The iconic VW Beetle is going away — here's what it was like to drive a $27,000 version of the Bug

Matthew DeBord/BIThe last days of Beetle.
  • VW is ending the long run of the Beetle.
  • The car was in production, in various forms, for 80 years.
  • A few years back, I tested an offbeat trim level – the Dune Beetle – and I was impressed.

You have to be versed in VW Bug lore to fully appreciate the “Dune” Beetle, which along with all other Beetles is on the way out after an eight-decade run.

VW doesn’t see a market anymore for the Beetle, when what consumers are clamoring for are compact SUVs and crossovers.

And in any case, ever since Volkswagen introduced the New Beetle in the late 1990s, the adorable reboot has struggled to shake off the label – sexist as it may be – that it is a woman’s car.

(OK, that’s not exactly how its described. “Chick car” is the term of art in the unevolved quarters of the auto press.)

Nobody ever said that about the original Beetle – produced from the 1940s until the late 1970s in much of the world, including the US, and in Mexico until the mid-2000s, but for some reason the contemporary American male is only capable of driving large trucks or muscle rides with more than 500 horsepower. Or BMW 3-Series.

Anything but Bugs.

For the 2012 model year, VW moved away from the first New Beetle design with a more aggressive body style that it has stuck with ever since. The move hasn’t really brought the dudes in droves.

So VW went back to the archives and created a sort of two-door quasi-offroader, based on a legendary Bug modification from the 1960s.

It was called the “Baja Bug,” and it was a Beetle with big, fat tires that was lifted so that it could take to the California desert a raise a little hell in the Summer of Love.

Baja BugDevkotlan Photography/Wikimedia CommonsThe Baja Bug in action.

The revived Baja Big lost, obviously, the old air-cooled, rear-mounted engine and got a tasty 1.8L turbo four-cylinder, making 170 horsepower.

Front-wheel drive and an abundance of modern amenities, ranging from a lift-away sunroof to Apple CarPlay to Bluetooth connectivity and satellite radio piped through a fantastic Fender audio system. The Dune Beetle is also raised and widened slightly, and the $US26,760 test car that we drove a few years back came with a “sandstorm yellow metallic” paint job, “Dune” branding, a leather-wrapped steering wheel with yellow topstitching, a nifty hidden backing camera, and a jazzy spoiler.

VW Dune SkitchMatthew DeBord/BIA little higher, a little wider.

If you’ve gotten this far, you probably think this all sounds incredibly goofy. Who in the world would want a New Beetle, designed for bopping around town and maybe for short road trips, that evokes a zany offroad contraption from a time when young folks all wanted dune buggies when they grew up?

I’m not sure, really, and now that the Beetle is going away, the window to buy is closing. But I had tons of fun in the Dune Beetle. As it turns out, in all my years writing about cars, I’d never sampled the New Beetle. I had experienced the original Bug, but that was back in high school. The New Beetle was a real lacuna -a hole in my background.

The old Bug was jittery, uncomfortable, and kinda loud. The New Beetle is none of those things. In fact, it’s a relatively solid, polished performer. The engine is plenty powerful and the handling is quite crisp and precise. The overall shape of the vehicle means that it’s fairly roomy, with ample seating for four, although the back seat could be cramped for adults and teenagers. And we are talking about a two-door here. Getting in and out of the back seat is awkward. But the cargo space under the hatch is considerable.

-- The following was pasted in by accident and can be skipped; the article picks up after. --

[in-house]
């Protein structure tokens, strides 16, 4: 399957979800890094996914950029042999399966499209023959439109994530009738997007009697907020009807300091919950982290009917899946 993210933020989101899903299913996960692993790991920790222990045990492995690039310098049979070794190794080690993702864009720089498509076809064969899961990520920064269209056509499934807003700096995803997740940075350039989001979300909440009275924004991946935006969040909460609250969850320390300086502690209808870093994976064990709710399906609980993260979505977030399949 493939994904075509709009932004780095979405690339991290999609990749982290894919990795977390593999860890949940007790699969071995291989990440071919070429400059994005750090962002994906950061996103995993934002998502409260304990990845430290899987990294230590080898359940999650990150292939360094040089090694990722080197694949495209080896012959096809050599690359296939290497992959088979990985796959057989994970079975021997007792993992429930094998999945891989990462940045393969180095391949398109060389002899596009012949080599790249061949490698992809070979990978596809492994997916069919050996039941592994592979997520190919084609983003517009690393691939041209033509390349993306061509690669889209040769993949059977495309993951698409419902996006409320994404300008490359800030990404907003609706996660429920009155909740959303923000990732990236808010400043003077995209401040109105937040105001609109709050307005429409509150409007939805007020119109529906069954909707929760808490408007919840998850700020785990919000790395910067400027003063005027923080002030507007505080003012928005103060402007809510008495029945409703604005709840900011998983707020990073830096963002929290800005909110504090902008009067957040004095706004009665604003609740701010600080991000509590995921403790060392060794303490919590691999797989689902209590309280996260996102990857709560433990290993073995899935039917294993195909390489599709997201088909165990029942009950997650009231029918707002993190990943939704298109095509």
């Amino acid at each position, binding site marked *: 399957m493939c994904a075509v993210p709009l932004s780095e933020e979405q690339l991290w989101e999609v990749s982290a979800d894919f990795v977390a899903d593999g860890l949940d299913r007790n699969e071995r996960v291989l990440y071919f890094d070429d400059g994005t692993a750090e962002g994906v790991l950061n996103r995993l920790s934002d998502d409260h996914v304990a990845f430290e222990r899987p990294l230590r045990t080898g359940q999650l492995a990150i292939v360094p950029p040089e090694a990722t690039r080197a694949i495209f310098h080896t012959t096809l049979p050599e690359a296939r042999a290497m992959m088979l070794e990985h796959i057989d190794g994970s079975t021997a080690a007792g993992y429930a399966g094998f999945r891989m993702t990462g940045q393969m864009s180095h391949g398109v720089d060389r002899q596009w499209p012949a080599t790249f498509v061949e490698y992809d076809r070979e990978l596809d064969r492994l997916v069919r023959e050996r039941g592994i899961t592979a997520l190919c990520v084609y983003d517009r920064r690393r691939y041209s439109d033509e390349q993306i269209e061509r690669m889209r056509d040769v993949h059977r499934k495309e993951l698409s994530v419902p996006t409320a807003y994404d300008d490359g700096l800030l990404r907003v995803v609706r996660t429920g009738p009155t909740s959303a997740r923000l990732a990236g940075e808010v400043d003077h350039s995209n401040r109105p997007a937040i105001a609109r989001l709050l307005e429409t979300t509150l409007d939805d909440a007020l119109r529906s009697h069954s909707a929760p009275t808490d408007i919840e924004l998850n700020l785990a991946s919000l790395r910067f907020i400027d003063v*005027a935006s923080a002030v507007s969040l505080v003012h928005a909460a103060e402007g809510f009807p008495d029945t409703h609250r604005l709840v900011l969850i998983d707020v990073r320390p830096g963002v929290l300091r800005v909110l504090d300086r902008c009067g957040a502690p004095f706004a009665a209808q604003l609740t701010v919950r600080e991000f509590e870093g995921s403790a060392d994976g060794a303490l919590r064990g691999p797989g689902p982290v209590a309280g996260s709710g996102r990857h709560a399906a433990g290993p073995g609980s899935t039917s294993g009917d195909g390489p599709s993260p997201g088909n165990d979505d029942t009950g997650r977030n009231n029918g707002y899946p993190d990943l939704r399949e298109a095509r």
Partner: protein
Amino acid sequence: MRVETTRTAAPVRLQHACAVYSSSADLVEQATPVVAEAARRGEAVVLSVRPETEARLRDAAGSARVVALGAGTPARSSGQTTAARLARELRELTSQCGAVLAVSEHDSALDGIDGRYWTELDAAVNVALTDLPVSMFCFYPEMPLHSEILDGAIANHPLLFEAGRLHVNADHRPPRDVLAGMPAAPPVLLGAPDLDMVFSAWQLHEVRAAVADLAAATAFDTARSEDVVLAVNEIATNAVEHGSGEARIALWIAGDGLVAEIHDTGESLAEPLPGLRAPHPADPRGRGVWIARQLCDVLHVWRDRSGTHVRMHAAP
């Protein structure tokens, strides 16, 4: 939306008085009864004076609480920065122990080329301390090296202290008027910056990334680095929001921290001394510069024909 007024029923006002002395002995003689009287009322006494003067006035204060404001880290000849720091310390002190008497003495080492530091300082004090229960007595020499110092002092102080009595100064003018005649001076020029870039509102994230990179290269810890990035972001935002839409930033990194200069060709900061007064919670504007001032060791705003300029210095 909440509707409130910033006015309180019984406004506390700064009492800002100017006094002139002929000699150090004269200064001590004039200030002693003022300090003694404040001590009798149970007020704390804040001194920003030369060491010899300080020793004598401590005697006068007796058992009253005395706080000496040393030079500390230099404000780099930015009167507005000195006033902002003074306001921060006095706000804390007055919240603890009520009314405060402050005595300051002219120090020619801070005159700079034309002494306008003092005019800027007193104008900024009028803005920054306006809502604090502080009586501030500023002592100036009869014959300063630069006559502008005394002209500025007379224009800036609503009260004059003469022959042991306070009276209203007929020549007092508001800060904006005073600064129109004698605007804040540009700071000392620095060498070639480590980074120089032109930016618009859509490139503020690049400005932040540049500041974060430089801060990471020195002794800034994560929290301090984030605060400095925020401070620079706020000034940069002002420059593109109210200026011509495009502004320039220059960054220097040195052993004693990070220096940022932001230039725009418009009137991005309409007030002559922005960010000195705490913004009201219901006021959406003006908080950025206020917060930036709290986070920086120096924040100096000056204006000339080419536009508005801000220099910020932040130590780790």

VW Dune BeetleMatthew DeBord/BIIt’s gold on the inside. too.

Maybe people have gotten used to the New Beetle (and after a decade and a half, they should have), but the Dune Beetle garnered all manner of grins, questions, and thumbs-ups from other drivers and folks who strolled by my driveway. The golden yellowy mustard colour, which also shows up inside the car, was especially pleasing.

“Is that your GOLD Beetle?” I was frequently asked.

Over the week that I tested the car, I never failed to look forward to hopping in. The fuel economy was admirable (25 city/34 highway/28 combined) given the zesty turbocharged motor, and my daughter and I richly enjoyed blasting everything from Led Zeppelin to Paramore from the Fender speakers and subwoofer.

VW Dune BeetleMatthew DeBord/BI170 horses from this little turbocharged sucker.

A car that you really, really want to drive and that’s a great place to listen to rock ‘n’ roll? What’s wrong with that?

Well, the New Beetle isn’t exactly new any longer. And even though the reboot revived an iconic piece of automotive design and sought to restore a sense of countercultural whimsy to motoring, the car has been passed by as consumers have increasingly gravitated toward SUVs. This is naturally why VW SUV-ified the Beetle, as much as it can with an obscure throwback. People who remember Baja Bugs are people who remember skateboading without helmets in cutoff jeans. (Obviously, the tactic didn’t really work.)

That said, the Dune Beetle is a nifty effort and a competent compact set of wheels. While it remains in the VW lineup, it could probably appeal to those buyers, like myself, who are leaning toward a certain age and might want to buy a relatively cheap car that can serve as a pleasant daily driver or weekend vehicle that won’t cost much to own or operate and can’t help but put a smile on our faces.

And, quite frankly, the whole “chick car” thing isn’t new anymore, either. The Dune Beetle is gender neutral. VW should just quit worrying about it and let the Beetle be the Beetle.

VW Dune BeetleMatthew DeBord/BIIf the other hand weren’t holding the camera. I’d make a ‘V.’

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